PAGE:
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Australia:Compensation to detained Indian student

Melbourne: An Indian student, who was detained in 2004 by Australian immigration authorities for violating visa rules, is likely to get a whopping compensation of 600,000 Australian dollars after the country`s human rights body termed his detention as `arbitrary`.

Prashant Cherkupalli, 31, was detained in late 2004 by Australia`s Department of Immigration and Citizenship for working at a bakery in Western Sydney despite having "no work" condition on his visa.

Cherkupalli, a student of Masters degree in Engineering, had spent nearly 18 months in south-western Sydney`s Villawood Immigration Detention Centre before he was released in April 2006. Since then he has been living on bridging visas there. He had lodged a case with the Australian Human Rights Commission which released its findings earlier this month.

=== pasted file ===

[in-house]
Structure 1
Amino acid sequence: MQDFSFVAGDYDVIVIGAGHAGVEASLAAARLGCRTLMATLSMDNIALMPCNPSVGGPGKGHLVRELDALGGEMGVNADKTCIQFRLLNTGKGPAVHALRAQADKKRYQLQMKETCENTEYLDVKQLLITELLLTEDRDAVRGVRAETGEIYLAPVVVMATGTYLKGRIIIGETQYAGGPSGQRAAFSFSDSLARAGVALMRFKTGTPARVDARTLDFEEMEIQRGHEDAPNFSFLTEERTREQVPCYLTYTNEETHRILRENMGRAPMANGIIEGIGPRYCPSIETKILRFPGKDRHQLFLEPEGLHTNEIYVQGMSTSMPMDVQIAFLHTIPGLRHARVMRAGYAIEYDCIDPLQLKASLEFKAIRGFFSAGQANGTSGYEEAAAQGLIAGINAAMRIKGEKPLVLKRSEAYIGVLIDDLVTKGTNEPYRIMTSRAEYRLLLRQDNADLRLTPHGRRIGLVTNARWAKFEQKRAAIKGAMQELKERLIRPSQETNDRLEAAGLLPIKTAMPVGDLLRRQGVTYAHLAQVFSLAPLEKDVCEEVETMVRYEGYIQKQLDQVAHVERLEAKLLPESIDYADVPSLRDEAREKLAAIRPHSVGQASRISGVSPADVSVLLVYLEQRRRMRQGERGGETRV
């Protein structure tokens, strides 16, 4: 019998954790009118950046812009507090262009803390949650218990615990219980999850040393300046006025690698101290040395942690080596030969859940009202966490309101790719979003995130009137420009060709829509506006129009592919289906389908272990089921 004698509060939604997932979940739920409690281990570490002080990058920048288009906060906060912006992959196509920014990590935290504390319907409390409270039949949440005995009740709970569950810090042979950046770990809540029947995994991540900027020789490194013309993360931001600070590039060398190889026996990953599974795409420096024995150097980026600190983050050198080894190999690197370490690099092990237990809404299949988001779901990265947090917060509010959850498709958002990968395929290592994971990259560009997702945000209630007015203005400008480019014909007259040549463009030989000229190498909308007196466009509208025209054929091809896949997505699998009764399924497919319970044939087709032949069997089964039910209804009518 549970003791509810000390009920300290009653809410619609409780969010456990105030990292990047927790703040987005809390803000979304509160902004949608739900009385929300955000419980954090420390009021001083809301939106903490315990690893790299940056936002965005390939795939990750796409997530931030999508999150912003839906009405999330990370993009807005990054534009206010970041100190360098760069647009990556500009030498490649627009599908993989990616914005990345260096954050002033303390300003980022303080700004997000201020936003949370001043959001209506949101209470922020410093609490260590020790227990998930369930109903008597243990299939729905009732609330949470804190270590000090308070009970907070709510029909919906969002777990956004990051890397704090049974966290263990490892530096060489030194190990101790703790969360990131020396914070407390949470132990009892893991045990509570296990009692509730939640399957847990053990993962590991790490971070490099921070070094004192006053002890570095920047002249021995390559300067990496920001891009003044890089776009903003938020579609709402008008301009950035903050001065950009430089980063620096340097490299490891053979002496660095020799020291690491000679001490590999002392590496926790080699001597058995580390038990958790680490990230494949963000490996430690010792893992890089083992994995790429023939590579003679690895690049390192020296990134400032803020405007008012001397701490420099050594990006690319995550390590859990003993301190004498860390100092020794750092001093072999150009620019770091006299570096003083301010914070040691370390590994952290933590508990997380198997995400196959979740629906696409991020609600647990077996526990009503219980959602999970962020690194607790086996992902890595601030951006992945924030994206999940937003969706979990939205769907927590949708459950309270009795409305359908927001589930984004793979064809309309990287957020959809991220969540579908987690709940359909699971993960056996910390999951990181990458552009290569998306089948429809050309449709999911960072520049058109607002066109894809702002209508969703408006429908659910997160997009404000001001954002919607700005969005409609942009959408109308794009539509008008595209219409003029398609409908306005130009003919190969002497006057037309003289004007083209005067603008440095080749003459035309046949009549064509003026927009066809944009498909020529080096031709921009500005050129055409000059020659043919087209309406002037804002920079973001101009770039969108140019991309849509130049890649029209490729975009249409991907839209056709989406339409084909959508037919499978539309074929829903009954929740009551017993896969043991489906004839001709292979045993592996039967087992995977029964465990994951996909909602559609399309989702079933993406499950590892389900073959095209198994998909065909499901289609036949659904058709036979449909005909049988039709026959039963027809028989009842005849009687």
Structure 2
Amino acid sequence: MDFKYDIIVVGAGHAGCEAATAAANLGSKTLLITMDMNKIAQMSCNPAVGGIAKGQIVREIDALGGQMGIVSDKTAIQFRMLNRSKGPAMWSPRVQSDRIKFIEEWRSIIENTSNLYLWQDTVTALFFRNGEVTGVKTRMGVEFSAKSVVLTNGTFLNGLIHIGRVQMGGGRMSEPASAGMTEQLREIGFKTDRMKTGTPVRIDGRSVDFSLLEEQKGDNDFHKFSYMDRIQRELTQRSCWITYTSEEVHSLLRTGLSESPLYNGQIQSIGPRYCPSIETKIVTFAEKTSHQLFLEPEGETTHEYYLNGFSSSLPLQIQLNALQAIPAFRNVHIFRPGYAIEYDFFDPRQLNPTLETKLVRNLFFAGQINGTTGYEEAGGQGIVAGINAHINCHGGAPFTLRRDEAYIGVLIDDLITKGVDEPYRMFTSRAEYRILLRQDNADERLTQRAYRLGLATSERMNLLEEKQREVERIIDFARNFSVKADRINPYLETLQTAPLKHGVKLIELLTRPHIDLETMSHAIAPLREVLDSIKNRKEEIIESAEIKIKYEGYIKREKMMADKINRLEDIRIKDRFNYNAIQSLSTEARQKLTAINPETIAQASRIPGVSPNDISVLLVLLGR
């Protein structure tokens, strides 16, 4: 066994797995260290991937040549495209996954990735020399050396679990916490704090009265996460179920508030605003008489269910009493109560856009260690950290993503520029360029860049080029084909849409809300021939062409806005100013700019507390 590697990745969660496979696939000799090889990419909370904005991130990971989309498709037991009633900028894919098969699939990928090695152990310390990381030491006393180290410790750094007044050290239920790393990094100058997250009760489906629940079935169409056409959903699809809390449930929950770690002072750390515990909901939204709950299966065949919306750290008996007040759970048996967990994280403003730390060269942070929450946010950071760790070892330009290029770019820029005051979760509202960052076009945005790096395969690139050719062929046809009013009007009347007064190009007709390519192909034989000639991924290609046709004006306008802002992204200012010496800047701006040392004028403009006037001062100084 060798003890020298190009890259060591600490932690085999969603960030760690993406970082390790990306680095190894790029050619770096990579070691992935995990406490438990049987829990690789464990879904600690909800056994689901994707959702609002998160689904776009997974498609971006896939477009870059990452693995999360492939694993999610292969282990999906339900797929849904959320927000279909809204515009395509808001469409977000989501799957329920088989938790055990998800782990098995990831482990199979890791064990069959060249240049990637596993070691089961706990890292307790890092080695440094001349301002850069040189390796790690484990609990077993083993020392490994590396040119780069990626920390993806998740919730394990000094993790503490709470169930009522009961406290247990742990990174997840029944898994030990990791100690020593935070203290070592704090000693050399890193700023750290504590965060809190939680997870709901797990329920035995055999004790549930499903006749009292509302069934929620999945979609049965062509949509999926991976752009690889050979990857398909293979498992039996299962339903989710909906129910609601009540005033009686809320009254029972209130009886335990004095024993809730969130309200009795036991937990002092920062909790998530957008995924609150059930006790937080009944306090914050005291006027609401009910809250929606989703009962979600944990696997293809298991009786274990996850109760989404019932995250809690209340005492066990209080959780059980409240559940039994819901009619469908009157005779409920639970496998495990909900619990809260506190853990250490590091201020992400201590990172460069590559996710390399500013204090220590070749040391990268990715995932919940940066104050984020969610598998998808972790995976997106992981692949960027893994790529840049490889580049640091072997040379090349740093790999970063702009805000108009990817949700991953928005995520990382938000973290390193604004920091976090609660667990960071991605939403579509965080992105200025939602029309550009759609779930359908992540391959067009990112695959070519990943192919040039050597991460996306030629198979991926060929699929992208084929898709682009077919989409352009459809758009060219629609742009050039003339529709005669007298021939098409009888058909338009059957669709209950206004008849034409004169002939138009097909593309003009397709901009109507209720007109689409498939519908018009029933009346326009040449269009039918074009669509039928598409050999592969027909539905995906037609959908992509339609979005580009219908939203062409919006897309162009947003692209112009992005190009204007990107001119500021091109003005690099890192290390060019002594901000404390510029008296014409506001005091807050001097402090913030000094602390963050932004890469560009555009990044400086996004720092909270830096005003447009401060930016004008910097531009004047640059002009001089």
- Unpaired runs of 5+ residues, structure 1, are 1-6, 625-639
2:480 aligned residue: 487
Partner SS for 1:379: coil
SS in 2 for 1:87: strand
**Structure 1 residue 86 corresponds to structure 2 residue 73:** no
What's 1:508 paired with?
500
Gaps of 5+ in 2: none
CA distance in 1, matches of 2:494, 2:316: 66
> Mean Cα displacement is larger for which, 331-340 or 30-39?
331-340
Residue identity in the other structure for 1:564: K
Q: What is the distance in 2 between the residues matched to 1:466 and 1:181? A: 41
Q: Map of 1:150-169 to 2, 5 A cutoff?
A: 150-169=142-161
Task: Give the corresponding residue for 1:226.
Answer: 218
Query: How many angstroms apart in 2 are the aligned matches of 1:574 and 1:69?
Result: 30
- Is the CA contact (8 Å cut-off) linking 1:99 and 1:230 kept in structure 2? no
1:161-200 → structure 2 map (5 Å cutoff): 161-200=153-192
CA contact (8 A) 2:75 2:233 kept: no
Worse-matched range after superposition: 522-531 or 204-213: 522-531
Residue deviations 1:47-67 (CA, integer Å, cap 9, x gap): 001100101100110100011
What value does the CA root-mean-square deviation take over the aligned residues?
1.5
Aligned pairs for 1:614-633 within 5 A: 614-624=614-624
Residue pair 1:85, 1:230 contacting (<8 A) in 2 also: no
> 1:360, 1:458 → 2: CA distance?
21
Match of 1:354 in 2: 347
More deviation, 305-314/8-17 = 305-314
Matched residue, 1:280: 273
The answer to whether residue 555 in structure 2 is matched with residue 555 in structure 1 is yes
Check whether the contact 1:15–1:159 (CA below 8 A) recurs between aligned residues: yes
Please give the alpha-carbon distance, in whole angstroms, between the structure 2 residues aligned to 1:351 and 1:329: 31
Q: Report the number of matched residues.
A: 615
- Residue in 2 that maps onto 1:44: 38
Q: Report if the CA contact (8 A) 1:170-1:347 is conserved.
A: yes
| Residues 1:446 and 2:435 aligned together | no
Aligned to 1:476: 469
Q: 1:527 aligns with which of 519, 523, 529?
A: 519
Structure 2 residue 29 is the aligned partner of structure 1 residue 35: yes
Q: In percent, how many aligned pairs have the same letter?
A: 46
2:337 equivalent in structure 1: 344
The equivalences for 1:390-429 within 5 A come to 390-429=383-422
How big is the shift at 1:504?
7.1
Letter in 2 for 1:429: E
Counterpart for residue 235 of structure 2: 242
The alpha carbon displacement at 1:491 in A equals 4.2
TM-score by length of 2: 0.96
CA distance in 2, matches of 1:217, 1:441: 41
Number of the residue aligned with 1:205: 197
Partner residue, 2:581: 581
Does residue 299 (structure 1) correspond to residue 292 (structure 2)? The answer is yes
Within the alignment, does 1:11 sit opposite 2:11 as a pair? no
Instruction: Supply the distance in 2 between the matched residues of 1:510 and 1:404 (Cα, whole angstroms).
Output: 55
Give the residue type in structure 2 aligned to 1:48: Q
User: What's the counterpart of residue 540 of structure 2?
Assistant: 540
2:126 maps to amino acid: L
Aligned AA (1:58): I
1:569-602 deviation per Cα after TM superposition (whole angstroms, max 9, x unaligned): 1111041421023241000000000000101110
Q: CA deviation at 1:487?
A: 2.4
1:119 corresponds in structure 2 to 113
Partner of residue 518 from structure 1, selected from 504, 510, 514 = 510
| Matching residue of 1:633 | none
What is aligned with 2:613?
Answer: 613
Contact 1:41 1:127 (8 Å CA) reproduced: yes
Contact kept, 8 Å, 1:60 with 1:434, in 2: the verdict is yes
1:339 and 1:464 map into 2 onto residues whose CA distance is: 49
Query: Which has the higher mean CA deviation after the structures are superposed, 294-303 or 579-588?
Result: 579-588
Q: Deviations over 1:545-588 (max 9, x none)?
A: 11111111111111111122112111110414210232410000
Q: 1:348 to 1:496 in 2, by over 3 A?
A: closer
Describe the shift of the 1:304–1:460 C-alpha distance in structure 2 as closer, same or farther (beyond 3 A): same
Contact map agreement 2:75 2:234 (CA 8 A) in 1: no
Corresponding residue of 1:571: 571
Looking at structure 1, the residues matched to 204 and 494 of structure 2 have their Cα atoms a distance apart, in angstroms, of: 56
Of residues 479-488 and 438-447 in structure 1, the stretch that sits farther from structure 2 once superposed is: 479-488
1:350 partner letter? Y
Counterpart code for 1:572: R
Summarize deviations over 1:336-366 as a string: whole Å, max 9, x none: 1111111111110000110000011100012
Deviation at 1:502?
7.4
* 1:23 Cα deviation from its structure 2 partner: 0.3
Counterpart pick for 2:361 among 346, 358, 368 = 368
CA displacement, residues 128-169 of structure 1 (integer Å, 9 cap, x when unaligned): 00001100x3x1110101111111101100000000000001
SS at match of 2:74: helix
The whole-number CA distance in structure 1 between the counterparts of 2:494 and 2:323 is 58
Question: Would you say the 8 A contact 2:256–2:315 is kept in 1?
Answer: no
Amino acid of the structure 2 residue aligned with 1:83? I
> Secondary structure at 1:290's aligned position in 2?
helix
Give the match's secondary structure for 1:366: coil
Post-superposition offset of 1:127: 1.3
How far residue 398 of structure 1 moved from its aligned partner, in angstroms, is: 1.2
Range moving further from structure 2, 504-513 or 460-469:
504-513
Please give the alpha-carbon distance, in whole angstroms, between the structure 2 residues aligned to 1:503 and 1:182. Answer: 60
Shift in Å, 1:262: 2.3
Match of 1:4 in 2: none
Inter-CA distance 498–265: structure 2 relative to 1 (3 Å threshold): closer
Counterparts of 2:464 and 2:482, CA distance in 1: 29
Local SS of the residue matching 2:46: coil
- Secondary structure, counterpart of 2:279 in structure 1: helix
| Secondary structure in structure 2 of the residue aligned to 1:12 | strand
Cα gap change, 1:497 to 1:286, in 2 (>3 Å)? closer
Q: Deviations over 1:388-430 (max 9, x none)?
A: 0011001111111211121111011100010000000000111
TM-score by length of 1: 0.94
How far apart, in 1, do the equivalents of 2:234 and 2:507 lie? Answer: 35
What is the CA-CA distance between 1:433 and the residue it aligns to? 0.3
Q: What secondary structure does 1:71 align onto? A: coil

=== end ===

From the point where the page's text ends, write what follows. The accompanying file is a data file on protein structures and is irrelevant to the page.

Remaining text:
Cherkupalli`s lawyer Tom Mithieux said that his detention was found by the Human Rights Commission to be an arbitrary detention and breached the Migration Act. The commission subsequently made recommendations in relation to compensation and also on an apology among others.

Human Rights Commissioner Catherine Branson found that Cherkupalli should be paid 597,000 dollars in compensation for the 509 days he was illegally detained. "The commission also found Cherkupalli should be paid nearly 600,000 Australian dollars in compensation. It takes into account general damages, which is generally looking at the hurt and humiliation I suppose of being arbitrarily detained for that period of time. There is also some scope for past economic loss," Mithieux said.

"I came to Australia to get a job and get a permit and to settle down, but things have gone wrong for me and I ended up in detention, where I should not end up," Cherkupalli was quoted as saying by ABC news.

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